As Julia Gronnevet said, comparing the United States to the Roman Empire is a popular pastime . For instance, in his book entitled Are we Rome?: the Fall of an Empire and the Fate of America (2007), Cullen Murphy established some parallels between these two political entities both perceived, in their days, as the leading world economic power and the principle military power. He wrote that Americans have been casting eyes back to ancient Rome since before the Revolution . In effect, like Rome, the United States of America are a vast multicultural state burdened with an expansive and overstretched military which dominate the world with a messianic sense of global mission. Moreover, many historians emphasized the complex relationship between Rome and religion. First of all, the prosperity of this empire was based on the pax deorum. At the time of the foundation of this city by Romulus, gods gave their agreement to the first king of Rome showing that they were in favor of this new human power and that they would provide this people with an indestructible support. Therefore, each event unfavorable to Rome was perceived as resulting from an offense to the gods which should be repaired.
[...] Bush has restarted the debate around the ambiguous relationship between religion and politics in the United States. This President who thinks that he was on a mission from God triggers many controversies since, as a political leader of a theocratic regime, he legitimates his actions using a religious discourse. In effect, this situation was revealed by Bush himself when he met a Palestinian delegation during the Israeli-Palestinian summit four months after the US-led invasion of Iraq in 2003. One of the delegates, Nabil Shaath, who was Palestinian foreign minister at the time said: “President Bush said to all of us: am driven with a mission from God'. [...]
[...] Furthermore, the ambiguity concerning the influence of the Pilgrim Fathers over the American political culture could also be perceived during the foundation of the United States highlighting the complexity of the controversial relationship between religion and politics. In effect, when the American settlers expressed their desire to constitute an independent state unifying the thirteen British colonies, most of them were Protestant: this “Protestant Ethic” then played an important role during the foundation of the United States. However, when the Founder Fathers elaborated the Constitution they were cautious with the religious question. [...]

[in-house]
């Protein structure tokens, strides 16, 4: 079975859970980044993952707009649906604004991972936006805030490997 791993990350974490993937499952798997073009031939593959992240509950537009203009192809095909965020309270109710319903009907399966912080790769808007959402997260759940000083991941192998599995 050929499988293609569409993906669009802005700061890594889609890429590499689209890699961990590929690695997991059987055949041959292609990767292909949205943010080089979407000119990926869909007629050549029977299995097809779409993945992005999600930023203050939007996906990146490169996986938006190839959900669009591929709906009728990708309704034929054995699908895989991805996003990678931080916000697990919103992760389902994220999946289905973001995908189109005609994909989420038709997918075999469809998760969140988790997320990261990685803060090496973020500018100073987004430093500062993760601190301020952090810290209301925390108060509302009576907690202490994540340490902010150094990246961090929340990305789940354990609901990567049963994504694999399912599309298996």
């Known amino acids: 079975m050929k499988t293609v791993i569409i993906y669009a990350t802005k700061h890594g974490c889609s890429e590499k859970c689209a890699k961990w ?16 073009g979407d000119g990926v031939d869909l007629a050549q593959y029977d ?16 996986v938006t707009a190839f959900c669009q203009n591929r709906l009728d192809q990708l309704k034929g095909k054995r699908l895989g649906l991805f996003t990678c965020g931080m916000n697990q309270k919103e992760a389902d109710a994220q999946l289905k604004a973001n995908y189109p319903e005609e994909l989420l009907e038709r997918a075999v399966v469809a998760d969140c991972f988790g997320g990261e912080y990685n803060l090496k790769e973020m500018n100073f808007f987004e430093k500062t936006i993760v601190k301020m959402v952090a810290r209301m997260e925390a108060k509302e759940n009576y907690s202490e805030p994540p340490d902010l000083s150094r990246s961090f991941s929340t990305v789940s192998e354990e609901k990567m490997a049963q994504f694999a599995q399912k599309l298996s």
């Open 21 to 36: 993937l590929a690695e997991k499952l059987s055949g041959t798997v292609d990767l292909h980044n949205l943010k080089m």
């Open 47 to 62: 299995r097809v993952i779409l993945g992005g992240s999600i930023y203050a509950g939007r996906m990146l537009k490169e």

[...] The complexity of the relationship between religion and politics was already perceived by this French philosopher who believed in religious tolerance but also in the need of a social order ruled by the state to maintain its unity. Therefore, he wrote that “tolerance should be given to all religions that tolerate others, so long as their dogmas contain nothing contrary to the duties of citizenship”. As I previously highlighted some parallels between the Roman Empire and the American one, it seems that Rome was the first empire to promote this “civil religion”. [...]
[...] John von Heyking, Civil Religion Then and Now: The Philosophical Legacy of Civil Religion and Its Enduring Relevance in North America BELLAH (Robert), Civil Religion in America O'SULLIVAN (John), A divine destiny for America Ibid. Inaugural address of J.F. Kennedy from the east front of the Capitol, January FATH (Sébastien), Dieu bénisse l'Amérique. La religion de la Maison- Blanche DE GRAZIA (Victoria), Irresistible Empire: America's Advance Through Twentieth-Century Europe Ibid. The Third Great Awakening? By Forest Church in Washington Post, September 24th Bush's words [...]
[...] The prohibition of creating an official Church is one thing, to develop relationships between religion and politics is another, which is not prohibited, even if the jurisprudence is still unclear”. This allows Denis Lacorne to explain that this “wall of separation” was very instable during the history of the United States but also that the “Establishment clause” of the Bill of Rights indicated a “Congress' anticlericalism for Federal Affairs and an agnosticism for the states which individually manage their religious policy”. [...]
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